(Revised July 2008) (PDF)
This fact sheet provides general information concerning H-1B-dependent employers under the H-1B program. Special attestations applicable to H-1B-dependent and willful violator employers sunset on October 1, 2003, but were restored effective March 8, 2005 by the H-1B Visa Reform Act of 2004.
An employer is considered H-1B-dependent if it has:
- 25 or fewer full-time equivalent employees and at least eight H-1B nonimmigrant workers; or
- 26 - 50 full-time equivalent employees and at least 13 H-1B nonimmigrant workers; or
- 51 or more full-time equivalent employees of whom15 percent or more are H-1B nonimmigrant workers.
When must an employer determine dependency?
The employer must determine dependency when filing either:
- A Labor Condition Application (LCA); or
- A Petition for a Nonimmigrant Worker (Forms I-129/I-129W) based on an LCA; or
- A request for an extension of H-1B status for a nonimmigrant worker based on an LCA.
Employers with readily apparent status concerning H-1B-dependency need not calculate that status.
Is there a simple calculation to determine dependency?
Yes. An employer whose dependency is not readily apparent or is borderline may use the “snap-shot” test. The snap-shot test requires a comparison of the total number of all H-1B workers to the number of the total workforce (including H-1B workers). If a small employer’s snap-shot calculation shows that the employer is dependent, the employer must then fully calculate its dependency status. If a large employer’s calculation exceeds 15% of its workforce, that employer must fully calculate its dependency status.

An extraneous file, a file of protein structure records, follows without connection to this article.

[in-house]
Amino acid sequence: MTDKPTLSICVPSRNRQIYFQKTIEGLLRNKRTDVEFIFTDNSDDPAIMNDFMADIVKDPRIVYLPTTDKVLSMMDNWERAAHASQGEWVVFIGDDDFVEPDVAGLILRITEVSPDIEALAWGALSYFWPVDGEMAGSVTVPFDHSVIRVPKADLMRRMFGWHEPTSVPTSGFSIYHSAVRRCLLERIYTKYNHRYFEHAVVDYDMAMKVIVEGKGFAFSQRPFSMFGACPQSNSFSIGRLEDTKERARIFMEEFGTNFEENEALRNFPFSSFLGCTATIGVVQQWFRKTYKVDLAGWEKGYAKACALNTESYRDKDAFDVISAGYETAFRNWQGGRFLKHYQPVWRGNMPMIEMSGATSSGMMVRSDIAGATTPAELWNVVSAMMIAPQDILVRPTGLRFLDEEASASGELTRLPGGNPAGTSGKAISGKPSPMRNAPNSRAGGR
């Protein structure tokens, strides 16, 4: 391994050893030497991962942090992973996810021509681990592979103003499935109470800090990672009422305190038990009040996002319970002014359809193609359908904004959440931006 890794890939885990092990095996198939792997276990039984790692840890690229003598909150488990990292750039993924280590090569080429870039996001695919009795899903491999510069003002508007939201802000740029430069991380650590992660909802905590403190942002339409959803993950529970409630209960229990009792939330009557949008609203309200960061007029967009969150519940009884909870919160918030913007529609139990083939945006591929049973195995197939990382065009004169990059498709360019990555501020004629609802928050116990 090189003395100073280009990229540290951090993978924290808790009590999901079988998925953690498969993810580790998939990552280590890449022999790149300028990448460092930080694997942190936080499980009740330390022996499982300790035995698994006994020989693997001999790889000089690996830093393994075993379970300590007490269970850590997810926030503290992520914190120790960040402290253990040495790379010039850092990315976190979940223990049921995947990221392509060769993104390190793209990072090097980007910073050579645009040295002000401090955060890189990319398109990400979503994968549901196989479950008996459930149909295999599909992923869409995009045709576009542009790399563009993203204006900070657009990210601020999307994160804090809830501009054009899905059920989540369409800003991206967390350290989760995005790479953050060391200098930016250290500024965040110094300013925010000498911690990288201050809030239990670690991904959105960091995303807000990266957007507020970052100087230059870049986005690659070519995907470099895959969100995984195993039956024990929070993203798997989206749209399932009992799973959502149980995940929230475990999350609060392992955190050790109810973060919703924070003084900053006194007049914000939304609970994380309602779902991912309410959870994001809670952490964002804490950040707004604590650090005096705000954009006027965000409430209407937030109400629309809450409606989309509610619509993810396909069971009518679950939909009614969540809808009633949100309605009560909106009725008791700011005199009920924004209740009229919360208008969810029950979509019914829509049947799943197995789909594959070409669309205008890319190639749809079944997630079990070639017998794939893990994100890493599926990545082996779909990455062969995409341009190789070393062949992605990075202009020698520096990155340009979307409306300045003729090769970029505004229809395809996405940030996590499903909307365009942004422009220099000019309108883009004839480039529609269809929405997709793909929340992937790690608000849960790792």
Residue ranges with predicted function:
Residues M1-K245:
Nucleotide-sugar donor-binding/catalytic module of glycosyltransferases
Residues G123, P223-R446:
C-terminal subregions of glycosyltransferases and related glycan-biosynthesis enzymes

If an employer must fully calculate dependency, how is this performed?
This full calculation must take into consideration the total number of H-1B workers (a “head count” of both full-time and part-time workers) and the employer’s total work force in the United States (including both U.S. workers and H-1B workers) and must be measured according to full-time equivalent employees.
How should an employer using the Internal Revenue Code (IRC) “single employer” definition determine dependency?
An IRC “single employer” which concludes that it is not H-1B-dependent shall perform the snap-shot test (and/or full calculation if appropriate) described above. The Wage and Hour Division, however, will not assess penalties for employers who do not perform the snap-shot test where all of the entities that make up the single employer have readily apparent non-dependent status. Note that this enforcement policy will not affect the right of an aggrieved party to challenge the employer’s failure to perform the snap-shot test.
All requirements listed above can be found in 20 CFR § 655 Subparts H & I and the Immigration and Nationality Act § 212(n).
Where to Obtain Additional Information
For additional information, visit our Wage and Hour Division Website: http://www.wagehour.dol.gov and/or call our toll-free information and helpline, available 8 a.m. to 5 p.m. in your time zone, 1-866-4USWAGE (1-866-487-9243).
This publication is for general information and is not to be considered in the same light as official statements of position contained in the regulations.